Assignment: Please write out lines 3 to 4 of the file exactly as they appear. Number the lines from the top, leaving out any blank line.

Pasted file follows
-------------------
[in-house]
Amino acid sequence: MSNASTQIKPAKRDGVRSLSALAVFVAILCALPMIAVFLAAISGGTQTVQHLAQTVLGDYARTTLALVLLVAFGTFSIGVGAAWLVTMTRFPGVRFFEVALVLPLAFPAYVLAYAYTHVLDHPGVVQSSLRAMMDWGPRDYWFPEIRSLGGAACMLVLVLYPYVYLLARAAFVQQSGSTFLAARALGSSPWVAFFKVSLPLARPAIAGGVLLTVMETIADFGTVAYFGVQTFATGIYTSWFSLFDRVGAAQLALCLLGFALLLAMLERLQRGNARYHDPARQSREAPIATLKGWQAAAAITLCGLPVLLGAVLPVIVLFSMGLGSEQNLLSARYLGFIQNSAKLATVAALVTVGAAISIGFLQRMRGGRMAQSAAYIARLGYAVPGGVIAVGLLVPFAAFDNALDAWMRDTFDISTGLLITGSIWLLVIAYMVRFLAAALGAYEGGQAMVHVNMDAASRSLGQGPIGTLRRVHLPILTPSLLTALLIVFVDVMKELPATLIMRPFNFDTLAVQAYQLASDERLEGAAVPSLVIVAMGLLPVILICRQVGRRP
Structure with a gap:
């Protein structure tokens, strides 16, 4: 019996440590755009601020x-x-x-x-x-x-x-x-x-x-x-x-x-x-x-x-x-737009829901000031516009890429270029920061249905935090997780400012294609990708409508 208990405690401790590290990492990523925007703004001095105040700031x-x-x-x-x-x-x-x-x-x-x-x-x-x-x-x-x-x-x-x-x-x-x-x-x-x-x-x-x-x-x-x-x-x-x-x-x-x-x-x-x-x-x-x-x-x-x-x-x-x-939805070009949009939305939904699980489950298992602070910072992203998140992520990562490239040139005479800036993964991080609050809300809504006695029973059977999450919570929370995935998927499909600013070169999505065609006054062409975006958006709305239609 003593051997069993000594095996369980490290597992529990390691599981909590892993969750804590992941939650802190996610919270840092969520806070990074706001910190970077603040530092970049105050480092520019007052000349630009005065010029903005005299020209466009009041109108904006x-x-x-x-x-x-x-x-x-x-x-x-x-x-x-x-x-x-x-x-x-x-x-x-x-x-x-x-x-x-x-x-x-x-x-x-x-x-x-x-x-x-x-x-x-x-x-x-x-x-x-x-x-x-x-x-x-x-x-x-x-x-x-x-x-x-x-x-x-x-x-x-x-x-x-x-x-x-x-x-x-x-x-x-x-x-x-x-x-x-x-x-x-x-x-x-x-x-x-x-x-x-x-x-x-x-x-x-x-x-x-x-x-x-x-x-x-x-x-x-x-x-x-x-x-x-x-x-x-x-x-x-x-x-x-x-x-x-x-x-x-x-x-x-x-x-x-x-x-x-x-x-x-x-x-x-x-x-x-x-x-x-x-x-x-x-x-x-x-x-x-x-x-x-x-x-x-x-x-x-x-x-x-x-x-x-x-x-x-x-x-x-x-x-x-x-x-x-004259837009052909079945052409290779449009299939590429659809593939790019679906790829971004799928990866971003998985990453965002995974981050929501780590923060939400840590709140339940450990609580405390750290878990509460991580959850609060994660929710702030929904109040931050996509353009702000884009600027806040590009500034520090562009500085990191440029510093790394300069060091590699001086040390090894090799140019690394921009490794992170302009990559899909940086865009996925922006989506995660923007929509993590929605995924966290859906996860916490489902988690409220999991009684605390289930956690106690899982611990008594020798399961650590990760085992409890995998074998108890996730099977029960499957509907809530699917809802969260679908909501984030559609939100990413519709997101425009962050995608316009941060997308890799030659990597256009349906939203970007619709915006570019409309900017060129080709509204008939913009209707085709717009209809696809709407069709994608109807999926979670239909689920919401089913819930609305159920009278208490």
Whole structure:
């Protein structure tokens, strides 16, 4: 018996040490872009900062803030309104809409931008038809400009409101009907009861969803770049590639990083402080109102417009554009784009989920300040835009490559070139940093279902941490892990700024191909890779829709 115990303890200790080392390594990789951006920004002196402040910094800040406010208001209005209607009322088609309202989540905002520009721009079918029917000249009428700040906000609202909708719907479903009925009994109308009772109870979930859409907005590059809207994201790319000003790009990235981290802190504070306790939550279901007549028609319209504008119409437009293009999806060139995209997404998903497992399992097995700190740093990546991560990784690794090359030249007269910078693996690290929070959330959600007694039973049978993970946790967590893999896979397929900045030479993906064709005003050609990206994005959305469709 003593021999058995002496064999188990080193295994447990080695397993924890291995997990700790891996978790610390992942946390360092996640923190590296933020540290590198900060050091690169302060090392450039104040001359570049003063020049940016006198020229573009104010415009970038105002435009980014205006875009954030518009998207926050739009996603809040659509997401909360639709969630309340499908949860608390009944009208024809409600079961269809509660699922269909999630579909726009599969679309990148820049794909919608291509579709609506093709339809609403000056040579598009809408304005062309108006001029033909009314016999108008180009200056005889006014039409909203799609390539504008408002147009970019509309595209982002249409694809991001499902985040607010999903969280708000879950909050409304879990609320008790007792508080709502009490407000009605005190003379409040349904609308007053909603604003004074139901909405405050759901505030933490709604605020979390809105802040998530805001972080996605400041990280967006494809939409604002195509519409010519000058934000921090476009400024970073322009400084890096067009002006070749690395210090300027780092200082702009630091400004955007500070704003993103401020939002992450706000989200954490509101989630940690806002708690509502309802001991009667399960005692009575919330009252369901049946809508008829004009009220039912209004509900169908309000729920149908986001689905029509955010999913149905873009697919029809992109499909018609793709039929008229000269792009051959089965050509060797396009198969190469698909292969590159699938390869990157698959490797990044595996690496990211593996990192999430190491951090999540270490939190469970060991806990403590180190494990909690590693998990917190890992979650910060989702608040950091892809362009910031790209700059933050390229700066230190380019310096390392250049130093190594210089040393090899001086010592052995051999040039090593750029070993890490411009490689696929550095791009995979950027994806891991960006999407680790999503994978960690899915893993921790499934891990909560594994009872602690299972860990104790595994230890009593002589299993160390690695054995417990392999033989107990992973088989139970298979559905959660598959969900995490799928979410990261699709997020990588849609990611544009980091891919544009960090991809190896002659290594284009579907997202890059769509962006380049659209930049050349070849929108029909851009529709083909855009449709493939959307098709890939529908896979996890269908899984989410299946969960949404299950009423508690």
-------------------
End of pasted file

Structure with a gap:
């Protein structure tokens, strides 16, 4: 019996440590755009601020x-x-x-x-x-x-x-x-x-x-x-x-x-x-x-x-x-737009829901000031516009890429270029920061249905935090997780400012294609990708409508 208990405690401790590290990492990523925007703004001095105040700031x-x-x-x-x-x-x-x-x-x-x-x-x-x-x-x-x-x-x-x-x-x-x-x-x-x-x-x-x-x-x-x-x-x-x-x-x-x-x-x-x-x-x-x-x-x-x-x-x-x-939805070009949009939305939904699980489950298992602070910072992203998140992520990562490239040139005479800036993964991080609050809300809504006695029973059977999450919570929370995935998927499909600013070169999505065609006054062409975006958006709305239609 003593051997069993000594095996369980490290597992529990390691599981909590892993969750804590992941939650802190996610919270840092969520806070990074706001910190970077603040530092970049105050480092520019007052000349630009005065010029903005005299020209466009009041109108904006x-x-x-x-x-x-x-x-x-x-x-x-x-x-x-x-x-x-x-x-x-x-x-x-x-x-x-x-x-x-x-x-x-x-x-x-x-x-x-x-x-x-x-x-x-x-x-x-x-x-x-x-x-x-x-x-x-x-x-x-x-x-x-x-x-x-x-x-x-x-x-x-x-x-x-x-x-x-x-x-x-x-x-x-x-x-x-x-x-x-x-x-x-x-x-x-x-x-x-x-x-x-x-x-x-x-x-x-x-x-x-x-x-x-x-x-x-x-x-x-x-x-x-x-x-x-x-x-x-x-x-x-x-x-x-x-x-x-x-x-x-x-x-x-x-x-x-x-x-x-x-x-x-x-x-x-x-x-x-x-x-x-x-x-x-x-x-x-x-x-x-x-x-x-x-x-x-x-x-x-x-x-x-x-x-x-x-x-x-x-x-x-x-x-x-x-x-x-004259837009052909079945052409290779449009299939590429659809593939790019679906790829971004799928990866971003998985990453965002995974981050929501780590923060939400840590709140339940450990609580405390750290878990509460991580959850609060994660929710702030929904109040931050996509353009702000884009600027806040590009500034520090562009500085990191440029510093790394300069060091590699001086040390090894090799140019690394921009490794992170302009990559899909940086865009996925922006989506995660923007929509993590929605995924966290859906996860916490489902988690409220999991009684605390289930956690106690899982611990008594020798399961650590990760085992409890995998074998108890996730099977029960499957509907809530699917809802969260679908909501984030559609939100990413519709997101425009962050995608316009941060997308890799030659990597256009349906939203970007619709915006570019409309900017060129080709509204008939913009209707085709717009209809696809709407069709994608109807999926979670239909689920919401089913819930609305159920009278208490």